Jeremy Corbynhas rallied supporters to get out to marginal seats and go “flat out” campaigning in a final day of action across the country before voters go to the polls.
TheLaborleader is on his final tour of the UK, criss-crossing the country with an event on Wednesday morning in Scotland, before heading to the Midlands and Bedford, with a last rally in London in the evening.
Senior Labor figures from the north of England, including the party chair, Ian Lavery, the shadow minister for transport, Andy McDonald, and the shadow minister for labor, Laura Pidcock, spoke to hundreds of supporters gathered in a village outside Middlesbrough.
Corbyn said: “I am utterly determined we go flat out between now and 11 tomorrow tomorrow evening to get everyone to vote, and hopefully vote Labor, and recognize in our manifesto there is hope, there is something positive. ”
Teesside and County Durham are major targets for the Tories in this election, with Labor-held Stockton South, Bishop Auckland, Darlington, Sedgefield and Redcar among the seats they hope to gain. Labor want to win back Middlesbrough South and East Cleveland which went Tory in 2017.
The Tories have already made inroads in the traditional Labor area after their candidate, Ben Houchen, was elected Tees Valley mayor in 2017.
Corbyn told campaigners: “Please do absolutely everything you can to win in Middlesbrough South and East Cleveland, and all the other marginal constituencies. It is our chance tomorrow to elect a government that will be for the many not the few. ”
Pidcock, who is one of Corbyn’s most senior female shadow cabinet ministers, said in her address to the crowd that the election was still to play for as there were undecided voters even at this late stage.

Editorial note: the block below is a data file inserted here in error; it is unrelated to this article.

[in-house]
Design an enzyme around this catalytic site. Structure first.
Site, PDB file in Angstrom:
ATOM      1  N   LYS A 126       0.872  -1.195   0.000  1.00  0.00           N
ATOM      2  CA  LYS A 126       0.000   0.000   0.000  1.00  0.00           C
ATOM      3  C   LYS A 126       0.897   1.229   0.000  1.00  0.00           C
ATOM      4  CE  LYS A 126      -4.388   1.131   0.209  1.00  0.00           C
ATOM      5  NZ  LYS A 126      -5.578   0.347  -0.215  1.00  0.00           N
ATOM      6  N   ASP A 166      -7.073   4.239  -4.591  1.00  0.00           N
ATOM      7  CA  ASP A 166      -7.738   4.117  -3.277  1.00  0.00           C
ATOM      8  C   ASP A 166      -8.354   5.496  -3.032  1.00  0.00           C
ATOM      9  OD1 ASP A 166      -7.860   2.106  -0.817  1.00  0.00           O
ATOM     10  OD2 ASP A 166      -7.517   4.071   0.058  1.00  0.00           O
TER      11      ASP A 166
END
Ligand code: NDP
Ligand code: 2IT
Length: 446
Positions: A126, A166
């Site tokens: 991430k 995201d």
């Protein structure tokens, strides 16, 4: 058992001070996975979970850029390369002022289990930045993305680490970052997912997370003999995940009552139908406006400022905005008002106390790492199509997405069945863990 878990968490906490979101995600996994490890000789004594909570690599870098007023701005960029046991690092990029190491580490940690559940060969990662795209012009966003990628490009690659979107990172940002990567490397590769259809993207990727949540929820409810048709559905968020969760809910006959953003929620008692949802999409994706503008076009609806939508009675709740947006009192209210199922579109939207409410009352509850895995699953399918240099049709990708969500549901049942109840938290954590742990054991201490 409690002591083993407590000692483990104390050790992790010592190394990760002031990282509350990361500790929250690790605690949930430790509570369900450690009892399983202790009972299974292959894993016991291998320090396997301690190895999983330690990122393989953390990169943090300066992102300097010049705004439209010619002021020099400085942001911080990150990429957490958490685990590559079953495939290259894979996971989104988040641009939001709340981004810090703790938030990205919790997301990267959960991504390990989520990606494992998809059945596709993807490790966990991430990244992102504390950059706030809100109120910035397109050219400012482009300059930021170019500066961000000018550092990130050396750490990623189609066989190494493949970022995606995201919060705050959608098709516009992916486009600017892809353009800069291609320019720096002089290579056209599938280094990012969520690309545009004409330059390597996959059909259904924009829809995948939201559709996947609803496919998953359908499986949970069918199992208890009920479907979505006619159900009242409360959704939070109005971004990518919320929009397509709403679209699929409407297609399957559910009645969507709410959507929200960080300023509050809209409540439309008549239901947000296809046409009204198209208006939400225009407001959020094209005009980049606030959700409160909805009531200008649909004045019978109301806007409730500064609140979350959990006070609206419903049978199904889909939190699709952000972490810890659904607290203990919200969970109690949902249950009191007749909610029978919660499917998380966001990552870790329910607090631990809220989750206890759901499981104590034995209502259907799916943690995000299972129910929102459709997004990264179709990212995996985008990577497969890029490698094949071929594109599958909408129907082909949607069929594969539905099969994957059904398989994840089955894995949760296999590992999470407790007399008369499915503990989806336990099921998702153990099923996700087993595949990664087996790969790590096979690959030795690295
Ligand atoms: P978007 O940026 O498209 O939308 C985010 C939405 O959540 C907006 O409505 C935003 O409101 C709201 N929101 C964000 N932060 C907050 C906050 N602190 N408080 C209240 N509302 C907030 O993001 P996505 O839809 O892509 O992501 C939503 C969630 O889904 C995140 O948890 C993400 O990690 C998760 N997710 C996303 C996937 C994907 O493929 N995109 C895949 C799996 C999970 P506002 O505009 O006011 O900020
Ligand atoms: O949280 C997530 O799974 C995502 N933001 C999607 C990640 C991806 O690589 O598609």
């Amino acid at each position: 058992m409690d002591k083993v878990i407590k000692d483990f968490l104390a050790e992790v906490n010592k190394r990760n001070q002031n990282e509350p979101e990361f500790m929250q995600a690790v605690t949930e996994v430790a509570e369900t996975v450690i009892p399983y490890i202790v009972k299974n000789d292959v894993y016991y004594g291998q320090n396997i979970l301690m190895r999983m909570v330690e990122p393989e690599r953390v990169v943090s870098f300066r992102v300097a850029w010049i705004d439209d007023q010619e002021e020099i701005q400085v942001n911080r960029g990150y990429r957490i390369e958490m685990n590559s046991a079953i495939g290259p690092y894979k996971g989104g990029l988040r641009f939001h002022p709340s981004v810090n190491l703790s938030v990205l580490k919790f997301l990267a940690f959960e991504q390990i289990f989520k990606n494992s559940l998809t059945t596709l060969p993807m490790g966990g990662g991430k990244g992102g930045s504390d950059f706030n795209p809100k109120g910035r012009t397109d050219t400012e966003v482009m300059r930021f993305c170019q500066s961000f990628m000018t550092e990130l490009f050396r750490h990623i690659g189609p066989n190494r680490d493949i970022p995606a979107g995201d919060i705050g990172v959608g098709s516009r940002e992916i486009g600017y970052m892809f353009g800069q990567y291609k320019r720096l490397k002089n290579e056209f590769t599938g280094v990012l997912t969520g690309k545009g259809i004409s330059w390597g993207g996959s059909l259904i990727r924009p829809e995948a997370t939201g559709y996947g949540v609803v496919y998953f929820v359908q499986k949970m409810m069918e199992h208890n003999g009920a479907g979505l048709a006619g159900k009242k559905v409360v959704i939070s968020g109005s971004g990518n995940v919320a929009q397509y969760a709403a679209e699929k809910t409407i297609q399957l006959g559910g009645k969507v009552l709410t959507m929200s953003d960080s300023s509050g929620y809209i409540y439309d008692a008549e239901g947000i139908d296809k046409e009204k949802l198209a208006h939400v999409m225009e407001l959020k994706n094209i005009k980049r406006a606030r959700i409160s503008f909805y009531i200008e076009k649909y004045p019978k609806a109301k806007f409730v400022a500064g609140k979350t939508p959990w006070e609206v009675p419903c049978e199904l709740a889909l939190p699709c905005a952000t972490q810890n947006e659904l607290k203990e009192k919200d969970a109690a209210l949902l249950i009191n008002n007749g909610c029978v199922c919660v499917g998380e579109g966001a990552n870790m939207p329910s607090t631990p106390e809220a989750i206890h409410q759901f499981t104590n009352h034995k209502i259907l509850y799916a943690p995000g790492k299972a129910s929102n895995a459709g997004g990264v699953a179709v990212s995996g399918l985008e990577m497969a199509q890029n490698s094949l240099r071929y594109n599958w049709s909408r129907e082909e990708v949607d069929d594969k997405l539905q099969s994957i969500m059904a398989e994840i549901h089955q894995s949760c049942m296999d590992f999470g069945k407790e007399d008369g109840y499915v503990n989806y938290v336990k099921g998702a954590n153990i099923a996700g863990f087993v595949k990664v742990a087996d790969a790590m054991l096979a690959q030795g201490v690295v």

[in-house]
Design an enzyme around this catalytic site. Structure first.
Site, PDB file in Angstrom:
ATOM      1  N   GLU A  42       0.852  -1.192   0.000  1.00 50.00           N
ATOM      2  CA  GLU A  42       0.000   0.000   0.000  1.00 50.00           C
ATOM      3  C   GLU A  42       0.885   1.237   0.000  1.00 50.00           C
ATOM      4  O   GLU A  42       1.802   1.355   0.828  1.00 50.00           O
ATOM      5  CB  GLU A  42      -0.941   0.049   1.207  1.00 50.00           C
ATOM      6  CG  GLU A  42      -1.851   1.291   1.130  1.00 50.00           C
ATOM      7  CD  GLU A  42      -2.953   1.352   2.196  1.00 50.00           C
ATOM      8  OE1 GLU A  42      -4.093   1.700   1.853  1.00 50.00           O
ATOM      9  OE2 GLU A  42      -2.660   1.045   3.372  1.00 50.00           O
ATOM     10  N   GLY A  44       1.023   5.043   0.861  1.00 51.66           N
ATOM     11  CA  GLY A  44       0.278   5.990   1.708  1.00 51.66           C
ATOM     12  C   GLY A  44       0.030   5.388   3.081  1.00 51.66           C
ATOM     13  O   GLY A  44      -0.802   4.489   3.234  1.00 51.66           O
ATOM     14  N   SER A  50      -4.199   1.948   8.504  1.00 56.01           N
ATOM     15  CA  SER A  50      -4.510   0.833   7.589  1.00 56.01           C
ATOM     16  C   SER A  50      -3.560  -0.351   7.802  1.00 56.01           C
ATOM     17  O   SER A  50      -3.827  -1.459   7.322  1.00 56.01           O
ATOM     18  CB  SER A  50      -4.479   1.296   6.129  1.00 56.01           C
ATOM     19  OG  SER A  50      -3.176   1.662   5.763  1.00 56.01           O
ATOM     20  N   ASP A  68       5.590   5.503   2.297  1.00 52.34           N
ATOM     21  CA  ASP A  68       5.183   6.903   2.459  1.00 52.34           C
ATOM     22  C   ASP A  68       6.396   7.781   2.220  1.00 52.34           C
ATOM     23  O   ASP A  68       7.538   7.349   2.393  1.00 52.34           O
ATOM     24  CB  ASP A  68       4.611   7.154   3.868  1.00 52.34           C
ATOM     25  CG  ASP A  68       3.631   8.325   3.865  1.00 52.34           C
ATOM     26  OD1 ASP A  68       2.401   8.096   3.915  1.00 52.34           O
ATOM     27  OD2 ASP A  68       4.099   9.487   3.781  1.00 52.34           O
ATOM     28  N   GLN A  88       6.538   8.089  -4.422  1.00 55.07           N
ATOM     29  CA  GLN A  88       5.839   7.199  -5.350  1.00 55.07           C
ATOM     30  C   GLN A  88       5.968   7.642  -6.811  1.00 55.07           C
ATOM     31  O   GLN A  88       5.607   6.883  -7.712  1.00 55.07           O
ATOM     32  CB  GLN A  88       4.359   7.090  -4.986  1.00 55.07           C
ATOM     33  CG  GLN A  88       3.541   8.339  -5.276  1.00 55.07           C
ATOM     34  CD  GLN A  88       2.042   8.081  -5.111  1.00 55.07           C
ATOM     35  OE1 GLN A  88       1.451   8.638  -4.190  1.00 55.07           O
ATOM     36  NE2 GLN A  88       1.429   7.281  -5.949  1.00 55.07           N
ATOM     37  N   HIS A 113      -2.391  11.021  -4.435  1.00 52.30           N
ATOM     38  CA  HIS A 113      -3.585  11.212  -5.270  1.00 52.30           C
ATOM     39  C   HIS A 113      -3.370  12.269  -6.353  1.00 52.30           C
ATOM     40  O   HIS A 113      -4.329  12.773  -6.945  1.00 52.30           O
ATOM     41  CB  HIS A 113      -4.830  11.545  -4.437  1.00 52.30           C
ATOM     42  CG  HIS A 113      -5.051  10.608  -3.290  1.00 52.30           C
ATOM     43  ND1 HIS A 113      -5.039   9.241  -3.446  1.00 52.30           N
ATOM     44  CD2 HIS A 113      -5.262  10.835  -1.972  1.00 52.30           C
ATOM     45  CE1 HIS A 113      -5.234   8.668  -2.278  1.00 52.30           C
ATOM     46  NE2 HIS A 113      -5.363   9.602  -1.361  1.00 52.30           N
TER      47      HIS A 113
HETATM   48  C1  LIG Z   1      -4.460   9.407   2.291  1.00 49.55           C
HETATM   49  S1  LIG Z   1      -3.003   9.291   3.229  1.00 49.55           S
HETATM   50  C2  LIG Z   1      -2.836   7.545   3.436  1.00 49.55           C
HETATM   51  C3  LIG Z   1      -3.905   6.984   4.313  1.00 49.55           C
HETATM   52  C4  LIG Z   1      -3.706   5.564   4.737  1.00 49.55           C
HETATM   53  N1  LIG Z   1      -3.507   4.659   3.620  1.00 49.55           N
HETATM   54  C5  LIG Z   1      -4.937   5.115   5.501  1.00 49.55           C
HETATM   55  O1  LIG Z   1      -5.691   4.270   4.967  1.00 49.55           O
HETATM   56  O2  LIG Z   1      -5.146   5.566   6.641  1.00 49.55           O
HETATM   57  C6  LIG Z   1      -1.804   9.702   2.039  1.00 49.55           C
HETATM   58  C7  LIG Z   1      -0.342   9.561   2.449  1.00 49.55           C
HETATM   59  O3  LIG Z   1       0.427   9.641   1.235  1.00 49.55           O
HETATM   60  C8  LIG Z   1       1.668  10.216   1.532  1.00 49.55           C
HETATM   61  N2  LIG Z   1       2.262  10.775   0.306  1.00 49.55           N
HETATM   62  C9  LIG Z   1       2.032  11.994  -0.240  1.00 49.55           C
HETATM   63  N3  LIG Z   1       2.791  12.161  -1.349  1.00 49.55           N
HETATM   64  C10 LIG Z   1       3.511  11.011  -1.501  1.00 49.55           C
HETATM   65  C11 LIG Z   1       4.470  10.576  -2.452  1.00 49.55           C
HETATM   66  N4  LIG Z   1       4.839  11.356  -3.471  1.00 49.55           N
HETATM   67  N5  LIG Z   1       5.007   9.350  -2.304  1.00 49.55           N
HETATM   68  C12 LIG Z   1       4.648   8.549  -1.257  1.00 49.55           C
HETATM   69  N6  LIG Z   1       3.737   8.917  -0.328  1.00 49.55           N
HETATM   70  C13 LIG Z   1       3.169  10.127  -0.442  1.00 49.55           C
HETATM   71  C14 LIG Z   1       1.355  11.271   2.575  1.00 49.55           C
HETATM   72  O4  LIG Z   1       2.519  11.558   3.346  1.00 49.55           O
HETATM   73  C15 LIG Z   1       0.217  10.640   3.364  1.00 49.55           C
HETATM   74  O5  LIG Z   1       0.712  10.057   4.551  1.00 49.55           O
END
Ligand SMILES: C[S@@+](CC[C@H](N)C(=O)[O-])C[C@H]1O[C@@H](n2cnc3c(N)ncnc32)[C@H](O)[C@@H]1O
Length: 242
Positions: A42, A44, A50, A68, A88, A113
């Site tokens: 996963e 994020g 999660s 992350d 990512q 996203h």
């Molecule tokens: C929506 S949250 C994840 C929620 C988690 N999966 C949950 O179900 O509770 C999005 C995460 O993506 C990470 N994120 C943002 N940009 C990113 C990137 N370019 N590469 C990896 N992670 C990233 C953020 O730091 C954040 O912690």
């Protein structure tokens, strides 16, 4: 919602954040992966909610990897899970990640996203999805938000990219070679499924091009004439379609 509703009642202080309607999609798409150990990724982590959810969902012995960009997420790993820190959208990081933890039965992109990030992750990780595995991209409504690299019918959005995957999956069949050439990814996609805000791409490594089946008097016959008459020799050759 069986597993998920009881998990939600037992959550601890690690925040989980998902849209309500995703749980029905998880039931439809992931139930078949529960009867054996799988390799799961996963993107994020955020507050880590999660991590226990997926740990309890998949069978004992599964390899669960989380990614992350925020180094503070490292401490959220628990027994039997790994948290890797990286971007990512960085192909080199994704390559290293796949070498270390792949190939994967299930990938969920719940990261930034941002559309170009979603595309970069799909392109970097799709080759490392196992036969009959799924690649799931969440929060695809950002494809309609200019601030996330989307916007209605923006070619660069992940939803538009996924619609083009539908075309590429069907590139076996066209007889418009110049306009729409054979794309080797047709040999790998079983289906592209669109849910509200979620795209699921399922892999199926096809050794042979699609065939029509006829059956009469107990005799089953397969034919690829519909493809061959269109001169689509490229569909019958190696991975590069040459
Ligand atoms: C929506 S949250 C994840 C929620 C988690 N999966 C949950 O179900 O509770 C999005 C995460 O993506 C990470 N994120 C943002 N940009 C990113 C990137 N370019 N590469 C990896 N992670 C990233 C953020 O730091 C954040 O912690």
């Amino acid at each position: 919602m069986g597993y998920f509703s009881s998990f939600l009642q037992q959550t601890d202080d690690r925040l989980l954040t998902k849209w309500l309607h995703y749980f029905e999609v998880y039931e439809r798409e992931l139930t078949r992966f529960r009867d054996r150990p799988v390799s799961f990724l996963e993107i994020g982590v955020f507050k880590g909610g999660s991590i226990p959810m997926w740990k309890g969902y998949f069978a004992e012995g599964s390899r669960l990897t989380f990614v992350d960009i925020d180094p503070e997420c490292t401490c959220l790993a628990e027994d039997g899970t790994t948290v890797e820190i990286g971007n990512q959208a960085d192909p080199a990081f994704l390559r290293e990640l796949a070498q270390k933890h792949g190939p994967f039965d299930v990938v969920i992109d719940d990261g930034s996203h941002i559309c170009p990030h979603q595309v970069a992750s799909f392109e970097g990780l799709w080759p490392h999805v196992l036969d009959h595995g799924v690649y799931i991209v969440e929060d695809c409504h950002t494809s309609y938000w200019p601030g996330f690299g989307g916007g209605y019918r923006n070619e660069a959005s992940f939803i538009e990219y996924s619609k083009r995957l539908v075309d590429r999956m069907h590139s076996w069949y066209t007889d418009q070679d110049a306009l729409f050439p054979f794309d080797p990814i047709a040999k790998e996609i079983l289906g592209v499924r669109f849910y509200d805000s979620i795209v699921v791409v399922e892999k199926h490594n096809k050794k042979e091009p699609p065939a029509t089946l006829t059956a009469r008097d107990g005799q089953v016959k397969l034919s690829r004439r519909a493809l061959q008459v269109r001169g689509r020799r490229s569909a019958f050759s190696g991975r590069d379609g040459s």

She said: “Every single conversation you have had will absolutely be worth it. There are people right now who do not know who they are going to vote for and it is our job to have a conversation with every single one of those people who do not know who they are going to vote for and tell them that a better society is possible. ”
The event held in the car park of the Sporting Lodge Inn in the village of Stainton, outside Middlesbrough and in the marginal Middlesbrough South and East Cleveland seat, was attended by hundreds of supporters including firefighters, union representatives and nurses.
Corbyn also used his rally to talk of the abuse his team had had during the campaign.
He said: “We now have had 700 days of this campaign and 700 days of unbelievable levels of abuse hurled at leading figures of the Labor party, unbelievable levels of character assassinations going on against our party and our movement and I simply say this : if you wish to inhabit the gutter, that’s absolutely fine by me but I will not be joining you there. ”
Meanwhile, inan article for the Guardian, the shadow chancellor, John McDonnell, described the prospect of a Johnson government as “a political dark age, dominated by extreme rightwing populism ”.
He wrote: “If Boris Johnson gains a majority tomorrow, we are at risk of entering a political dark age, dominated by extreme rightwing populism.
“We will face a Johnson government – with its establishment allies owning most of our print newspapers, with a proven ability to bully and dominate broadcast media, and a capacity to buy up dark ads across social media – that is able to manipulate our politics on a scale we have never seen in this country.
“They will claim to be ending austerity – the cuts that have resulted in more than 823 of our fellow citizens dying homeless on our streets last year, and leftsick children forced to sleep on floors in our hospitals– but that austerity is still ‘baked in’ to their spending plans, in the words of the Institute for Fiscal Studies. ”